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from the continental excess of gesticulation, and yet a real Caratterista, original and impressive. His voice is deep, flexible, melancholy, as agreeable as it is peculiar. Curioni is the principal lover and offender; and Ambrogetti is very powerful in a veteran, who bullies the king, busies himself in every thing, talks to all, makes a noise for all, and slaps every one on the shoulder. There is one Quartett which is of a very superior order to the general material of the work; if it be not a pirated or contraband article, it indicates that Pacini may hereafter be welcomed in a higher capacity than that of a dealer in second-hand notes. We were glad to hail the substitution of Il Turco in Italia, the delightful medley of the real Rossini-so rich, so laughing, so gay, so animated. We can safely recommend it as a specific against all the blue devils which infest our metropolis.
BONS-MOTS AND EPIGRAMS,
“ Ego anditor tantum."-JUVENAL. Sat. 1. d.
Mr. Canning, and another gentleman, were looking at a picture of the Deluge; the ark was in the middle distance ; in the fore-ground, or, rather, in the fore-sea, an elephant was seen struggling with his fate: “I wonder,” said the gentleman, “ that the elephant did not secure an inside place in the ark ;"-" He was too late;” replied Canning, “ he was detained packing up his trunk.”
Mr. Rogers was requested by Lady Holland to ask Sir Philip Francis, whether he was the author of Junius. The poet approached the knight, “ Will you, Sir Philip, --will your kindness excuse my addressing to you a single question ?"_" At your peril, sir !" was the harsh and the laconic answer. The intimidated bard retreated to his friends, who eagerly asked him the result of his application. “I don't know," he answered, “ whether he is Junius; but, if he be, it is certainly Junius Brutus.”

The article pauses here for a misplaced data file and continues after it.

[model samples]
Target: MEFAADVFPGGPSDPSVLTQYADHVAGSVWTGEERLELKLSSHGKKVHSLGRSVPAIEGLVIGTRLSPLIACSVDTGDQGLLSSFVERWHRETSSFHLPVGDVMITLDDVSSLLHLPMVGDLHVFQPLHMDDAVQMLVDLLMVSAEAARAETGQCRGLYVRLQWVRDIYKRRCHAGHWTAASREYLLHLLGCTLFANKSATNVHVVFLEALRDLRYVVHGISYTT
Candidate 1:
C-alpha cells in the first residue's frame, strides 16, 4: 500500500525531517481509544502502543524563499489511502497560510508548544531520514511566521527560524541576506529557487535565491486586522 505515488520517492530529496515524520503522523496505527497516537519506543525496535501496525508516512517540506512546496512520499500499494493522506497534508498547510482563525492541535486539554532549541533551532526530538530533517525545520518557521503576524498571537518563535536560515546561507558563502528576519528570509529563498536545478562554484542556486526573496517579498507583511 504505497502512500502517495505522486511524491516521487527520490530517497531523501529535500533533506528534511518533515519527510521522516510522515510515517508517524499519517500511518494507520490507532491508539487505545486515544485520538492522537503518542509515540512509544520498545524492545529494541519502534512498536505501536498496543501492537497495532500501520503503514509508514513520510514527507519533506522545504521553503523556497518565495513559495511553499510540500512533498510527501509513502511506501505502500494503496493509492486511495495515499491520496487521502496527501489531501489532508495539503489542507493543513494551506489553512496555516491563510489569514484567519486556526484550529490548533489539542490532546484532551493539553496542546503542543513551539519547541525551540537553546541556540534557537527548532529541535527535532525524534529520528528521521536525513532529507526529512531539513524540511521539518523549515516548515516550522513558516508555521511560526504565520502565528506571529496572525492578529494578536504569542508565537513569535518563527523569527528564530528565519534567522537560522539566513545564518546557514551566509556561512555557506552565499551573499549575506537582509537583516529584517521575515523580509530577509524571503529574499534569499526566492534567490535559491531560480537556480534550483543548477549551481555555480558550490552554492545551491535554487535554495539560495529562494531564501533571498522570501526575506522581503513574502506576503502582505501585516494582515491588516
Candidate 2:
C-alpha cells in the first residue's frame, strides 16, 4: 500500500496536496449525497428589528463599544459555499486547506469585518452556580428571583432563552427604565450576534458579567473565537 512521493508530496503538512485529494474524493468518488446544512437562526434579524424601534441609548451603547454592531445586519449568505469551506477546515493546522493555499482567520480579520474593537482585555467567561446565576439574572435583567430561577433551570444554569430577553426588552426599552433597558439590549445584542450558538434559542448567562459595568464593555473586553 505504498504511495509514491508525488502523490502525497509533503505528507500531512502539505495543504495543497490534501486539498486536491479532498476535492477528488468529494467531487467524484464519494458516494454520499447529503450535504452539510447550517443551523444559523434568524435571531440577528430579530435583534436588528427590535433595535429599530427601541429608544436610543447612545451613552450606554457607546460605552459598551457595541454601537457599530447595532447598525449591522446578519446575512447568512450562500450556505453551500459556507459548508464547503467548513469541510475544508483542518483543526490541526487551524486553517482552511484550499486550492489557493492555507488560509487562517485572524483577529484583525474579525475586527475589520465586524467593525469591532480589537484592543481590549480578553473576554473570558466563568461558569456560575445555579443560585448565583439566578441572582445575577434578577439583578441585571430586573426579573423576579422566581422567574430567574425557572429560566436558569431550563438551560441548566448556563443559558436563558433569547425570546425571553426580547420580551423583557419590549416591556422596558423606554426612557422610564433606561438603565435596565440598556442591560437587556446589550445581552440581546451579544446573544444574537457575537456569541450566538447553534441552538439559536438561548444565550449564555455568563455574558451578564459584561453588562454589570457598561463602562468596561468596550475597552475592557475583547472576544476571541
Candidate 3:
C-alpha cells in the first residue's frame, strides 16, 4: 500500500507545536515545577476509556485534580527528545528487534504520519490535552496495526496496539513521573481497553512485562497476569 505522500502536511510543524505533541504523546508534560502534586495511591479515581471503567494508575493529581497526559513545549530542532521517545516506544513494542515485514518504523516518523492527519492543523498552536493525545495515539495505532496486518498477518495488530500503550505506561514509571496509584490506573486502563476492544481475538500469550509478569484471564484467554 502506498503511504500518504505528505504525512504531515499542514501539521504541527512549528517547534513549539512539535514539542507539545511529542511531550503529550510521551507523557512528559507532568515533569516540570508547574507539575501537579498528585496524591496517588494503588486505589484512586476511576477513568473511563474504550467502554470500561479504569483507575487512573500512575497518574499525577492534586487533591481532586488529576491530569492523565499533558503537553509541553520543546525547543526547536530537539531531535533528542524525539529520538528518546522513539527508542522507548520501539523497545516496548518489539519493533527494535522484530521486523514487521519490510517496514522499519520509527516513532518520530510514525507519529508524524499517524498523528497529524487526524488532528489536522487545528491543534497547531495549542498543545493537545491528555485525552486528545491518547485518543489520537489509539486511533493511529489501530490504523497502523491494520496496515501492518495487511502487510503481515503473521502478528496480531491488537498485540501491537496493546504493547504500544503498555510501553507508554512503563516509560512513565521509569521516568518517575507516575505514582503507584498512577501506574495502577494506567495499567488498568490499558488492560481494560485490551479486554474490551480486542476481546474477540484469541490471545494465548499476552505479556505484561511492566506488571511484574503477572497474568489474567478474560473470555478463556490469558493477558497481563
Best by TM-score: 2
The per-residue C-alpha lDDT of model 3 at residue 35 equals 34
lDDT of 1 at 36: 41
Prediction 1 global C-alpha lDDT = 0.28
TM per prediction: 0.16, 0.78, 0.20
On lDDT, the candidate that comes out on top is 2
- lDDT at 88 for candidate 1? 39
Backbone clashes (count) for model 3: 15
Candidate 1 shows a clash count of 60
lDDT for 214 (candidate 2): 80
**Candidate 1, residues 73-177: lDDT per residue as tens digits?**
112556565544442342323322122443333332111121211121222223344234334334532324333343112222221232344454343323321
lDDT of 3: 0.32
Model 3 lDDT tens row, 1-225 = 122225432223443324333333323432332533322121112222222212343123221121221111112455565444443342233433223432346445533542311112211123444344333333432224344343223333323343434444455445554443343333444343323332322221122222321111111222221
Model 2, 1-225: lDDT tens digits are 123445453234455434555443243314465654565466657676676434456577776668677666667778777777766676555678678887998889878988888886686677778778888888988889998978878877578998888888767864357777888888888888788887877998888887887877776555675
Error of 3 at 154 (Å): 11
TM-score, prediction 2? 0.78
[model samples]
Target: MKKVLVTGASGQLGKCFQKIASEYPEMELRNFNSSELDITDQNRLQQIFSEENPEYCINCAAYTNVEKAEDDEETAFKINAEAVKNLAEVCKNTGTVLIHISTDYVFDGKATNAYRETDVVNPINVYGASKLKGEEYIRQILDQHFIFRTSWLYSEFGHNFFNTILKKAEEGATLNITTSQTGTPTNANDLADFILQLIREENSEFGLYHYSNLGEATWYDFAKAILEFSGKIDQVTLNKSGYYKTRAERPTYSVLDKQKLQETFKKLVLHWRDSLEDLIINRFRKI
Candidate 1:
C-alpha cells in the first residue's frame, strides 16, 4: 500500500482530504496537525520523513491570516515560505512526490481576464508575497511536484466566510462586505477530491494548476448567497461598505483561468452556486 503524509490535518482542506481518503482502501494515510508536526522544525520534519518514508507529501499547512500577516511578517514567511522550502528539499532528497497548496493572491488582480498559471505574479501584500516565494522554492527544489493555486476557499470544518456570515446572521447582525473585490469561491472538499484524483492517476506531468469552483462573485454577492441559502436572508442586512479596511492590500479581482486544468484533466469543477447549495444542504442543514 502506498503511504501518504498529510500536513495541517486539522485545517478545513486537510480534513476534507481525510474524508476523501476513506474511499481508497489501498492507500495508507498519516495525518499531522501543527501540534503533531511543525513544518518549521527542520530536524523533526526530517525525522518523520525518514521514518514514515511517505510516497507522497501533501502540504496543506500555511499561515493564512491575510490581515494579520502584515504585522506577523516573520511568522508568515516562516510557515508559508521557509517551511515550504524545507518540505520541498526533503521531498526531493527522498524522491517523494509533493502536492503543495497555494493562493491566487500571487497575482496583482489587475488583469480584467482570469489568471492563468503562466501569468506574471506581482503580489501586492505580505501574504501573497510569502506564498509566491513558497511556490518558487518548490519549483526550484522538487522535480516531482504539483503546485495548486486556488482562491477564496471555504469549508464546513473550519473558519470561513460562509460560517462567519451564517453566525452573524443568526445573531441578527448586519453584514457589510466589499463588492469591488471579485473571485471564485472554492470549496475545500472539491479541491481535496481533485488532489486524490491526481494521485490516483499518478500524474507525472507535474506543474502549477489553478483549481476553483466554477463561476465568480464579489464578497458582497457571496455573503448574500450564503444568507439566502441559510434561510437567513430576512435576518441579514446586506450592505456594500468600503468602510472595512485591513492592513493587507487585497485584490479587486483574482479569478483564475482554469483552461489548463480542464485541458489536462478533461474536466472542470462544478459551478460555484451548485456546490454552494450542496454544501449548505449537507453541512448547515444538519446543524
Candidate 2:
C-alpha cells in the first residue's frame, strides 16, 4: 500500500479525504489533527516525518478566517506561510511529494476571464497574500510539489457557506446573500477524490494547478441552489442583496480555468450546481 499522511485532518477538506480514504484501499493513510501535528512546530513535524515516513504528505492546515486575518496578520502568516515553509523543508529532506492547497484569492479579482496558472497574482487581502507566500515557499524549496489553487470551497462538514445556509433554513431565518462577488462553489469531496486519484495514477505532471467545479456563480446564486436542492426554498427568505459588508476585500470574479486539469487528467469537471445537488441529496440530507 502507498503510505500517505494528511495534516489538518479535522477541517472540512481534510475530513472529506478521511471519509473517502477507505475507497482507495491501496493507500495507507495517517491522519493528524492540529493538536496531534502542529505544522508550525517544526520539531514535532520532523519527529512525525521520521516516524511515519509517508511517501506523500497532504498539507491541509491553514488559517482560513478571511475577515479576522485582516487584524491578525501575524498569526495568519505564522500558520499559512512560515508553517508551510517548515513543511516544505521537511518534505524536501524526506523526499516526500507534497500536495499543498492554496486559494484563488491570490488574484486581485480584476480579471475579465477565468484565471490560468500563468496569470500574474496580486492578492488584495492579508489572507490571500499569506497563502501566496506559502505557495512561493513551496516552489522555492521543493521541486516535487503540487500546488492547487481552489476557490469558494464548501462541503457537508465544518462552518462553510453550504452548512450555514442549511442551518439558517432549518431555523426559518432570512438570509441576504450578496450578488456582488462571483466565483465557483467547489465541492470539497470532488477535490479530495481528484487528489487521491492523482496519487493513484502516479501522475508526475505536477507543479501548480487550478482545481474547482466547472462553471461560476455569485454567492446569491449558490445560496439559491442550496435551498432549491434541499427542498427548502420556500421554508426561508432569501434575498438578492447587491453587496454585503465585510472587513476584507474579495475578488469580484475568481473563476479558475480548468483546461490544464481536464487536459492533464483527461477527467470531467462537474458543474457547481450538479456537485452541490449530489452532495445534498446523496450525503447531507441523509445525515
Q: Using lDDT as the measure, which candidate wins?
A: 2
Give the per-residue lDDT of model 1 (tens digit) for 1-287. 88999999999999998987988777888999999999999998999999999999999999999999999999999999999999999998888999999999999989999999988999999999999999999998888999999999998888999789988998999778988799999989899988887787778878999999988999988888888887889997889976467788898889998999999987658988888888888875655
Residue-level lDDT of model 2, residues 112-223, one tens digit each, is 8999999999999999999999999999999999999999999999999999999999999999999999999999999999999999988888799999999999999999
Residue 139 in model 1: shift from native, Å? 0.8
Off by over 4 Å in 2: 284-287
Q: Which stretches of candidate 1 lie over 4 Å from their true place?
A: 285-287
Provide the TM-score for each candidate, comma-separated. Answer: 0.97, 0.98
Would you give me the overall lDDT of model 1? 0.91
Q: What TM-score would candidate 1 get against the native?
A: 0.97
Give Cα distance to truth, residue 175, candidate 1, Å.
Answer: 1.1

My dear Tom,” said the elder Sheridan to his son, “I wish you would take a wife.”—“ I have no objection, sir ; whose wife shall I take?”
A party was very uncharitably discussing Mr. Banks' History of Rome ;—“ Really,” said Jekyll, “ you all appear to be very hyper-critical and censorious; for my part, I like his Rome-better than his company.'
“ What must I do,” said the Hon. J. W. Ward to Lord Byron, “What must I do, to be re-whigged ?"6 You must first,” answered the noble poet, re-warded."
ON MR. ROGERS' POEM OF HUMAN LIFE.
Vitæ summa brevis spem dos vetat inchoare longam.
Cries Sam, “ All human life is frail,
E'en mine may not endure;
I'll hasten to insure."
At Morgan's office he arrives,
Reckoning without his host,
" We can't insure a ghost.”
“ Zounds ! its my poem—not my face ;
Listen, while I recite it.”
We, Sir, can't underwrite it."
ON THE HON. J. W. W
BY S. ROGERS.
W-d has no heart they say; but I deny it,
“ Have you read Pybus's Epistle to the Emperor Paul ?” said a gentleman to Rogers. “Yes.”—“ What do you think of it?" “ There is only one good verse in the whole poem.” " Which is that?" " Give to St. Petersburgh one Peter More"-and I wish he was there, with all my heart.”
In Madame de Stael's novel of Delphine, the authoress is supposed to have designed her own character in the heroine, and that of Talleyrand, in the person of M. de Vernon. Talleyrand was asked, if he had read the novel, “Non, Monsieur, mais j'ai oui dire que nous sommes tous les deux déguisés en femme.”
It was observed to the Rev. Sidney Smith, that Lord must have felt himself considerably astonished